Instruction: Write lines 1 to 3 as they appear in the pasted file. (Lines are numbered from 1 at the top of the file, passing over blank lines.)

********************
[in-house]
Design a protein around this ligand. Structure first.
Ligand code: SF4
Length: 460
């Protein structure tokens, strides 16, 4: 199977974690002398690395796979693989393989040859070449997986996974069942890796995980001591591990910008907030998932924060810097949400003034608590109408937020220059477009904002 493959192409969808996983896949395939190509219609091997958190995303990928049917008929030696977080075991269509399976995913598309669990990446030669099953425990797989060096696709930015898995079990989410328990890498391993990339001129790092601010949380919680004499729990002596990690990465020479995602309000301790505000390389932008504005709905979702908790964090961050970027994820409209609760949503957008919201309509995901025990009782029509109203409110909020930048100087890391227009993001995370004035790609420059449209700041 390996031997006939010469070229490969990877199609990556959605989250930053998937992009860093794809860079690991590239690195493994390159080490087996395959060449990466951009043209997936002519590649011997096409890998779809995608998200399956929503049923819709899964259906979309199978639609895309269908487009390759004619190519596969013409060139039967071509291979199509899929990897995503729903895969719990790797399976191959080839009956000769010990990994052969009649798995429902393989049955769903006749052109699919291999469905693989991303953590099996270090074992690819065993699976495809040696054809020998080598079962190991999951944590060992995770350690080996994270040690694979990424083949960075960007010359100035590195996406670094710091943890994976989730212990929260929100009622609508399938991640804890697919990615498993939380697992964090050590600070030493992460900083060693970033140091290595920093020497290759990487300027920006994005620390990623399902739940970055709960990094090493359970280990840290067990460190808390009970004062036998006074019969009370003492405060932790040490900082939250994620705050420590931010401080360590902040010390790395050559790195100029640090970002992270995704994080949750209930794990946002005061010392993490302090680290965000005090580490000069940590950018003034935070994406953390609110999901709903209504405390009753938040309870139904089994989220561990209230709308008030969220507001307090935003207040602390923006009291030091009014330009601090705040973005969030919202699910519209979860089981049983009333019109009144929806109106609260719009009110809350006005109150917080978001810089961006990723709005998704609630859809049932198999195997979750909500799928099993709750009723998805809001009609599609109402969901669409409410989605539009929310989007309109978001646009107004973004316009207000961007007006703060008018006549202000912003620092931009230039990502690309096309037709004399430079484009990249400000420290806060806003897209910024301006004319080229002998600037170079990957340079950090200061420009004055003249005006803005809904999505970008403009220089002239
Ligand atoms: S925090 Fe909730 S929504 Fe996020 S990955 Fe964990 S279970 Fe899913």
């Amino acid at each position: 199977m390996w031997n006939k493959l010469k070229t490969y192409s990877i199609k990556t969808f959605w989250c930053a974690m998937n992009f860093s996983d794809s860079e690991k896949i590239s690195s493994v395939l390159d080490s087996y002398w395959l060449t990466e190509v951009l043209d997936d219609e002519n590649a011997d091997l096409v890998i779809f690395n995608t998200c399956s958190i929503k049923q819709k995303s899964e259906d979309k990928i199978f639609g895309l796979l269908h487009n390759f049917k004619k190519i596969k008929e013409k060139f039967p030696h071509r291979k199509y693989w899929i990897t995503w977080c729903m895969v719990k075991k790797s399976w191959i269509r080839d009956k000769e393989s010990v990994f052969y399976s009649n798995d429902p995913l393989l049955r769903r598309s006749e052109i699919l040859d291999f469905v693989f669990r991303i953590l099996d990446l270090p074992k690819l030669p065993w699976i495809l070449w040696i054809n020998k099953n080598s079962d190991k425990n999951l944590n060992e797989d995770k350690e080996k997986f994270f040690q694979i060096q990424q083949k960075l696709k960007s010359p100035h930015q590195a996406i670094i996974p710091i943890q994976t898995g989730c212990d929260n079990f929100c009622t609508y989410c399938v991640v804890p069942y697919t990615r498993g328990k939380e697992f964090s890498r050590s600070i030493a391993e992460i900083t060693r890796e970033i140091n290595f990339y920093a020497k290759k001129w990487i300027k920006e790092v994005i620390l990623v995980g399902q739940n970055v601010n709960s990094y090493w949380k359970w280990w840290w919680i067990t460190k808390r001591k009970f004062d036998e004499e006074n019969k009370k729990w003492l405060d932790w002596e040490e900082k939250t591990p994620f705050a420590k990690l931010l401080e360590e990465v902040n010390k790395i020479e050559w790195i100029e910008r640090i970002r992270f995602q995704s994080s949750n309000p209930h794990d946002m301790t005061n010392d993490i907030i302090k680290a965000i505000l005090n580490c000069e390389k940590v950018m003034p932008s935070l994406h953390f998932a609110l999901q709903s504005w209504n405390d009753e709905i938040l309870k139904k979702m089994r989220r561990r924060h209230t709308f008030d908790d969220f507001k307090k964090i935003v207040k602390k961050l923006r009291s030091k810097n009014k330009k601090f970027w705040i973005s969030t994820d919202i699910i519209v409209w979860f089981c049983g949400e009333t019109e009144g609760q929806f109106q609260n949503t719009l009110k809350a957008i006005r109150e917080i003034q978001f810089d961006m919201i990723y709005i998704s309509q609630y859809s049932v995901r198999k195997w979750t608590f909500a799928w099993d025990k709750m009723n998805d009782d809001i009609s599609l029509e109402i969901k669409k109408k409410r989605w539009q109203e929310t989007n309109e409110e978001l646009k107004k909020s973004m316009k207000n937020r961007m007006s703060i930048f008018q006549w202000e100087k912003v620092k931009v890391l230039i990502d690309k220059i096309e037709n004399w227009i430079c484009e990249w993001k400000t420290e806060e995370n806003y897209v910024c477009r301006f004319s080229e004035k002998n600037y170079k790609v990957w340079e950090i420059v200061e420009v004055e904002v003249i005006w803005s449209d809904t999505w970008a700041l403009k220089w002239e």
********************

[in-house]
Design a protein around this ligand. Structure first.
Ligand code: SF4